He has sought treatment for alcoholism on several occasions in the years since, getting professional help in 2008, 2017, and again in 2018 after his divorce from Jennifer Garner was finalized.
He briefly relapsed in 2019, but said he wouldn’t let it “derail” him, admitting: “It happens, it’s a slip.”
That same year, the actor acknowledged that “being an alcoholic” is something that he deals with on a daily basis, saying on the Todayshow: “It doesn’t have to subsume my whole identity and be everything, but it is something that you have to work at.”
And now, in a wide-ranging interview with the Hollywood Reporter published yesterday, Ben is reflecting on complications that come with navigating sobriety in the spotlight, admitting that he feels he’s become the face of alcoholism among celebrities.
“I became — out of no desire of my own — one of the poster boys for actor alcoholism and recovery and the whole thing,” he told the outlet, going on to admit that being so open about his struggles comes with ups and downs.
“The best part about that is that sometimes people call me up and they’re like, ‘Hey, can you help me out?’ And it makes me feel so good to do that,” he said, adding that “the big trick of 12-step is the reason they want you to help other people is because it actually helps you more.”
However, despite acknowledging the positives that come from his openness, Ben said the advice he often gives to his celebrity peers in similar situations is to “avoid” having their addictions made public.
“You don’t need to be anybody’s poster child,” he said. “You don’t need to fucking tell anybody. That’s why there’s two words on the front of the book. They’re just as important, both of them: Alcoholics Anonymous. It’s always anonymous.”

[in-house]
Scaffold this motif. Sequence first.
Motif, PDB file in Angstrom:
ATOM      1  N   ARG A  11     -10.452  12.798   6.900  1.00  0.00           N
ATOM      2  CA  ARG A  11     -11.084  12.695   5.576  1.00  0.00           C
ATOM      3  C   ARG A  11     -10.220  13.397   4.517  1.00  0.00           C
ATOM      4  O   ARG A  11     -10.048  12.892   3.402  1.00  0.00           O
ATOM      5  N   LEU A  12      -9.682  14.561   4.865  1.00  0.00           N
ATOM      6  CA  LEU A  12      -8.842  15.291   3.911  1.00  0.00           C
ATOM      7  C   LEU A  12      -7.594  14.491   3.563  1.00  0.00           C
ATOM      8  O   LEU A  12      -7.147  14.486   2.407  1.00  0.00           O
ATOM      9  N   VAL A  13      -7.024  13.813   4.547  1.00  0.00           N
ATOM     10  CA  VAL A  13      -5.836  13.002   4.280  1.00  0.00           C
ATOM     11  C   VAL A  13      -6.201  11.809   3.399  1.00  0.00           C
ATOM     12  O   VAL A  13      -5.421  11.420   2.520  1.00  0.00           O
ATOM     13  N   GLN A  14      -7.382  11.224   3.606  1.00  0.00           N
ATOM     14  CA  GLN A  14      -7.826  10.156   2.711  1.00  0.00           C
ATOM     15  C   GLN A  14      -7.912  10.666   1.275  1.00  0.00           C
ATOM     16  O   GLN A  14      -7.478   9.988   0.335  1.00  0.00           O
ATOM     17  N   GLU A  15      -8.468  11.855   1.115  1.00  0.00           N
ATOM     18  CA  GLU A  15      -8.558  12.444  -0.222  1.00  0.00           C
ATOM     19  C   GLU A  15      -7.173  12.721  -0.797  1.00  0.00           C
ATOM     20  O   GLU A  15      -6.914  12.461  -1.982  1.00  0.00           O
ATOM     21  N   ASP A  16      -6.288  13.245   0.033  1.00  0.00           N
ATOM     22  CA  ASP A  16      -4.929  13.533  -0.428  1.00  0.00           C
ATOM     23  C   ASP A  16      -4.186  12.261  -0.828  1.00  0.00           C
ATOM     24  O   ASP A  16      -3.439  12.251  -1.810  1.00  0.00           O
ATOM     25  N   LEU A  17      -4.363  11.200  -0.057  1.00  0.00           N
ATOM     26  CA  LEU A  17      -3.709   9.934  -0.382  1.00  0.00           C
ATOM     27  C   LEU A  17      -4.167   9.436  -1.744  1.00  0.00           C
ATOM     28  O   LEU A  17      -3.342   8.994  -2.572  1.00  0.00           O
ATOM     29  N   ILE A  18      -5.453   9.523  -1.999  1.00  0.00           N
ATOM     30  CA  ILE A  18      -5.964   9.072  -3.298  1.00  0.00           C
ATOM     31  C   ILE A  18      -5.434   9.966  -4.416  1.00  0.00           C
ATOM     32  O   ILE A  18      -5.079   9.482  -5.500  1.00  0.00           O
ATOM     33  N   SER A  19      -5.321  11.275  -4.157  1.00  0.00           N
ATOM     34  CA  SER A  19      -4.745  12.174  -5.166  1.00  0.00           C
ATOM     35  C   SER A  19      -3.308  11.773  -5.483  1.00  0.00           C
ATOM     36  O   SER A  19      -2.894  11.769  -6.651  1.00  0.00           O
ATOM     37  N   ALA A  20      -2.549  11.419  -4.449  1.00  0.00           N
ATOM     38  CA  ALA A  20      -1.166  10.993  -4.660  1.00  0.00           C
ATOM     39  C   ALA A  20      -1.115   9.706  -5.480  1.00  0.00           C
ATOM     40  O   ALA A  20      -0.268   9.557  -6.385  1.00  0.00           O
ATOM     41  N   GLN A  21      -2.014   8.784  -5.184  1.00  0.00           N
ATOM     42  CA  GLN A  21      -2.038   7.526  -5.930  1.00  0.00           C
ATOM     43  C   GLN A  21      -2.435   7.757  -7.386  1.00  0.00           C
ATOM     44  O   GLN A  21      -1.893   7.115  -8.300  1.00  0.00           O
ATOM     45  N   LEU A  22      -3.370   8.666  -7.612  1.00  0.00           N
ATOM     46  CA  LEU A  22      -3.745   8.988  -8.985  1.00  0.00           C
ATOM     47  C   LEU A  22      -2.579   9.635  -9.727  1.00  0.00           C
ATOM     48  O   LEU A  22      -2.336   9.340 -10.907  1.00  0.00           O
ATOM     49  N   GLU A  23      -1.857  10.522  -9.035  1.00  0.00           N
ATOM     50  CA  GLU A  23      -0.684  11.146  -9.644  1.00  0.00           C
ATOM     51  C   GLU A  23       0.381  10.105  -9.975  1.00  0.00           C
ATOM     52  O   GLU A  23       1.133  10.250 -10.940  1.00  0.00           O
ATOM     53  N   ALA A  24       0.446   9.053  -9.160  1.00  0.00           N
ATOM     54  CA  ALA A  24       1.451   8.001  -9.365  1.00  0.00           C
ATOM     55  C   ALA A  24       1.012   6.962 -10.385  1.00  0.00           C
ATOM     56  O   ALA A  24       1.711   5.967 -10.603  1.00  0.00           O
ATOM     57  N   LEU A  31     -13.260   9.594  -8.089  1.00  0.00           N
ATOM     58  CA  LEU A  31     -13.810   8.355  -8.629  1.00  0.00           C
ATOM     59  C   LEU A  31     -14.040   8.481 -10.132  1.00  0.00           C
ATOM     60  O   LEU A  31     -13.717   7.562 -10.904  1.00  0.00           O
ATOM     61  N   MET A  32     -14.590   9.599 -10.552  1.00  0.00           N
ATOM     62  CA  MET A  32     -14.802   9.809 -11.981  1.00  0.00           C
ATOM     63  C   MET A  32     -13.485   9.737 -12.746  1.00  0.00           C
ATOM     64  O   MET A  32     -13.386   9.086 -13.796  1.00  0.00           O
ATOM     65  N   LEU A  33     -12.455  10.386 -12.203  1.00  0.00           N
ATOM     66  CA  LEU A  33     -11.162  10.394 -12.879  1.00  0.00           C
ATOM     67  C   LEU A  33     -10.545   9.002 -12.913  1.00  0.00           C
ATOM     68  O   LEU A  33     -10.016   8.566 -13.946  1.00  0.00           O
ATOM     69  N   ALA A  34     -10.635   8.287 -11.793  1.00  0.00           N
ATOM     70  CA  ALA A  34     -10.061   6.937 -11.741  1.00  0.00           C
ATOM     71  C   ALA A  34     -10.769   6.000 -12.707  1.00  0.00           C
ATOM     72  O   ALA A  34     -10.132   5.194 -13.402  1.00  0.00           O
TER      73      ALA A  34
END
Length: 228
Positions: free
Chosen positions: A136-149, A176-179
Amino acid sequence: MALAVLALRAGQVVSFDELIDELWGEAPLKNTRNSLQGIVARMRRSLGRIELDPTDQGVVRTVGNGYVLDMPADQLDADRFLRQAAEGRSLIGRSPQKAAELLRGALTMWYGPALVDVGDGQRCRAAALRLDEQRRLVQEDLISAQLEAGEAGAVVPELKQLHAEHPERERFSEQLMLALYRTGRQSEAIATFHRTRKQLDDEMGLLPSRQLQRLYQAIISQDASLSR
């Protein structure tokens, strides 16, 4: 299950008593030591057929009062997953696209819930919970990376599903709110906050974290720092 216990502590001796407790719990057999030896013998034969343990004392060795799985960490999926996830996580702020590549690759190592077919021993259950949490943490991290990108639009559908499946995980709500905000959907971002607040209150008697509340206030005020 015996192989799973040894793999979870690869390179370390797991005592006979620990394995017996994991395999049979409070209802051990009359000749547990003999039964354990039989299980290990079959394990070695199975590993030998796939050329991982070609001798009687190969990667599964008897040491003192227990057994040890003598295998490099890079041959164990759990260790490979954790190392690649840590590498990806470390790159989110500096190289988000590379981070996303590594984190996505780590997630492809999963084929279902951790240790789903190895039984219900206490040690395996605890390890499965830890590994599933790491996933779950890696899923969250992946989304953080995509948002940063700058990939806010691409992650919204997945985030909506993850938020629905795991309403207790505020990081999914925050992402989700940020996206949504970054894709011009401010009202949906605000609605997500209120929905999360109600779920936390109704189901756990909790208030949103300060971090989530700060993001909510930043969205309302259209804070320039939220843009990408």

Since Ben’s addiction has played out so publicly, it’s become unfortunately common for fans to speculate about his health — particularly after he married Jennifer Lopez in July last year.
In the candid clip — which has amassed more than 10.5 million views on TikTok — Ben can be seen shaking his head at Jen, who drinks from a wine glass in front of him. When she appears to disregard what he’s saying, he looks to say her name.
Fans began speculating that Jen was accusing Ben of drinking alcohol, with one lip-reader on TikTok claiming that Ben was saying: “I didn’t drink anything, OK?” while Jen tasted his drink to check.
More recently, Ben found himself at the center of attention after he was shown looking “bored” and “miserable” while he and Jen attended the Grammys last month.
The pair went viral once again after the cameras caught them having yet another tense-looking exchange.
In the clip, Ben can be seen leaning in to whisper in Jen’s ear, only for her to turn her head suddenly and sternly say something to him. She then puts her hand to her chest and looks to tell Ben to sit up as he immediately adjusts his posture.
Fans on Twitter had a field day hypothesizing about what the husband and wife duo could have possibly been “fighting” about, with people speculating that Ben’s unusual behavior on the night might have been because he was drinking.
Addressing the discourse with the Hollywood Reporter this week, Ben was quick to assure the world that he was, in fact, having a “good time.”
“My wife was going, and I thought, ‘Well, there’ll be good music. It might be fun,’” he said. “At movie award shows, it’s speeches and, like, sound-mixing webinars. But I thought this would be fun.”
He went on to reveal what was actually happening between him and Jen during that viral clip, admitting that it was all down to a little “husband-and-wife” teasing.
“I saw [Grammy host Trevor Noah approach] and I was like, ‘Oh, God.’ They were framing us in this shot, but I didn’t know they were rolling. I leaned into her and I was like, ‘As soon they start rolling, I’m going to slide away from you and leave you sitting next to Trevor,” he recalled, adding that Jen replied: “‘You better fucking not leave.’”
But, as for the speculation that he’d been drinking, Ben was less lighthearted.
“I’ve gone to events and been pissed off. I’ve gone and been bored. I’ve gone to award shows and been drunk, a bunch. Nobody ever once said I’m drunk,” he said. “[But at the Grammys] they were like, ‘He’s drunk.’”
The Argo director went on to say that he found these accusations “interesting,” suggesting that it speaks to wider issues about navigating sobriety in the public eye.
“That raises a whole other thing about whether or not it’s wise to acknowledge addiction because there’s a lot of compassion, but there is still a tremendous stigma,” he said, “which is often quite inhibiting.”
He added that the stigma “disincentivizes people from making their lives better.”